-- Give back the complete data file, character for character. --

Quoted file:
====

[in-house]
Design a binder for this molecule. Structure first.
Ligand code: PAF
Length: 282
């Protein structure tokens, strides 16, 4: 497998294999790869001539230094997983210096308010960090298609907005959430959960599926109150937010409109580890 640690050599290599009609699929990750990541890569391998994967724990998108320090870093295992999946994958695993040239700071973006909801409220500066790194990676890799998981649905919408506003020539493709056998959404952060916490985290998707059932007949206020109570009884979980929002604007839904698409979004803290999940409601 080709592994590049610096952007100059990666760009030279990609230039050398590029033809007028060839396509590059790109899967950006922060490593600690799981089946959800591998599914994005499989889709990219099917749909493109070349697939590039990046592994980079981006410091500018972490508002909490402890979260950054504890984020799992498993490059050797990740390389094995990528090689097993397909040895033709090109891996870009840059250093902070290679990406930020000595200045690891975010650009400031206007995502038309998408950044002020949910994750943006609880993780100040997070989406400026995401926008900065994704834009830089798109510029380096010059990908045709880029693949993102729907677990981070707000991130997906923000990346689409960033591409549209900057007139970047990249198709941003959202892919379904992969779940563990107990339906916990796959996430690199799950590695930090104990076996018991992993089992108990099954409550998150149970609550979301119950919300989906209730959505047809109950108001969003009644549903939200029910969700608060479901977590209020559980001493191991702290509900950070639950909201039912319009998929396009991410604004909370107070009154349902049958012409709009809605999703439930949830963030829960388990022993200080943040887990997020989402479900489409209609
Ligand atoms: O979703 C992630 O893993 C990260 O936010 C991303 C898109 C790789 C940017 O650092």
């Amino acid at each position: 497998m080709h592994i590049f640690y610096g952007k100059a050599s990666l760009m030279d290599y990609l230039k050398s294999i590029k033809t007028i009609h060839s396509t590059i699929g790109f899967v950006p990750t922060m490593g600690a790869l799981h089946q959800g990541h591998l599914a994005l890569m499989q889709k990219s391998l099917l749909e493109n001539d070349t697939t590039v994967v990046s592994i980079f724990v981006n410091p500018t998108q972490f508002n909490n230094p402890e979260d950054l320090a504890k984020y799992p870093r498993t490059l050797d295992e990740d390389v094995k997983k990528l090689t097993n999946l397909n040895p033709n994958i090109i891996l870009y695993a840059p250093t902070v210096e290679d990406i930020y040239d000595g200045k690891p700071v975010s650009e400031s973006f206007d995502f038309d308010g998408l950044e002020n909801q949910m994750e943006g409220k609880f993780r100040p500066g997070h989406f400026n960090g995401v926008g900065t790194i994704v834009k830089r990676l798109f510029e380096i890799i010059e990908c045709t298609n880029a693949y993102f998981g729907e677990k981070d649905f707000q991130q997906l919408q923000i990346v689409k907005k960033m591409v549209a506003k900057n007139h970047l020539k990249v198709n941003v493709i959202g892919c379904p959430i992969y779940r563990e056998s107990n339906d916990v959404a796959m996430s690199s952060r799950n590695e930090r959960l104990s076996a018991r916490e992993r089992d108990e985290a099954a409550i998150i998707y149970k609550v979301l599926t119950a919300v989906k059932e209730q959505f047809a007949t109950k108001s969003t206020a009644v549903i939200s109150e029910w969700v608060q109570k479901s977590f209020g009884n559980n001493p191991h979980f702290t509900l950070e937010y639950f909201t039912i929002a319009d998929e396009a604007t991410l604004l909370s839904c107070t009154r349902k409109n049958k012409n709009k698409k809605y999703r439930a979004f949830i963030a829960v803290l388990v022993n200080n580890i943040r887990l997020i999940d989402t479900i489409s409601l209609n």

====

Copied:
[in-house]
Design a binder for this molecule. Structure first.
Ligand code: PAF
Length: 282
């Protein structure tokens, strides 16, 4: 497998294999790869001539230094997983210096308010960090298609907005959430959960599926109150937010409109580890 640690050599290599009609699929990750990541890569391998994967724990998108320090870093295992999946994958695993040239700071973006909801409220500066790194990676890799998981649905919408506003020539493709056998959404952060916490985290998707059932007949206020109570009884979980929002604007839904698409979004803290999940409601 080709592994590049610096952007100059990666760009030279990609230039050398590029033809007028060839396509590059790109899967950006922060490593600690799981089946959800591998599914994005499989889709990219099917749909493109070349697939590039990046592994980079981006410091500018972490508002909490402890979260950054504890984020799992498993490059050797990740390389094995990528090689097993397909040895033709090109891996870009840059250093902070290679990406930020000595200045690891975010650009400031206007995502038309998408950044002020949910994750943006609880993780100040997070989406400026995401926008900065994704834009830089798109510029380096010059990908045709880029693949993102729907677990981070707000991130997906923000990346689409960033591409549209900057007139970047990249198709941003959202892919379904992969779940563990107990339906916990796959996430690199799950590695930090104990076996018991992993089992108990099954409550998150149970609550979301119950919300989906209730959505047809109950108001969003009644549903939200029910969700608060479901977590209020559980001493191991702290509900950070639950909201039912319009998929396009991410604004909370107070009154349902049958012409709009809605999703439930949830963030829960388990022993200080943040887990997020989402479900489409209609
Ligand atoms: O979703 C992630 O893993 C990260 O936010 C991303 C898109 C790789 C940017 O650092």
């Amino acid at each position: 497998m080709h592994i590049f640690y610096g952007k100059a050599s990666l760009m030279d290599y990609l230039k050398s294999i590029k033809t007028i009609h060839s396509t590059i699929g790109f899967v950006p990750t922060m490593g600690a790869l799981h089946q959800g990541h591998l599914a994005l890569m499989q889709k990219s391998l099917l749909e493109n001539d070349t697939t590039v994967v990046s592994i980079f724990v981006n410091p500018t998108q972490f508002n909490n230094p402890e979260d950054l320090a504890k984020y799992p870093r498993t490059l050797d295992e990740d390389v094995k997983k990528l090689t097993n999946l397909n040895p033709n994958i090109i891996l870009y695993a840059p250093t902070v210096e290679d990406i930020y040239d000595g200045k690891p700071v975010s650009e400031s973006f206007d995502f038309d308010g998408l950044e002020n909801q949910m994750e943006g409220k609880f993780r100040p500066g997070h989406f400026n960090g995401v926008g900065t790194i994704v834009k830089r990676l798109f510029e380096i890799i010059e990908c045709t298609n880029a693949y993102f998981g729907e677990k981070d649905f707000q991130q997906l919408q923000i990346v689409k907005k960033m591409v549209a506003k900057n007139h970047l020539k990249v198709n941003v493709i959202g892919c379904p959430i992969y779940r563990e056998s107990n339906d916990v959404a796959m996430s690199s952060r799950n590695e930090r959960l104990s076996a018991r916490e992993r089992d108990e985290a099954a409550i998150i998707y149970k609550v979301l599926t119950a919300v989906k059932e209730q959505f047809a007949t109950k108001s969003t206020a009644v549903i939200s109150e029910w969700v608060q109570k479901s977590f209020g009884n559980n001493p191991h979980f702290t509900l950070e937010y639950f909201t039912i929002a319009d998929e396009a604007t991410l604004l909370s839904c107070t009154r349902k409109n049958k012409n709009k698409k809605y999703r439930a979004f949830i963030a829960v803290l388990v022993n200080n580890i943040r887990l997020i999940d989402t479900i489409s409601l209609n």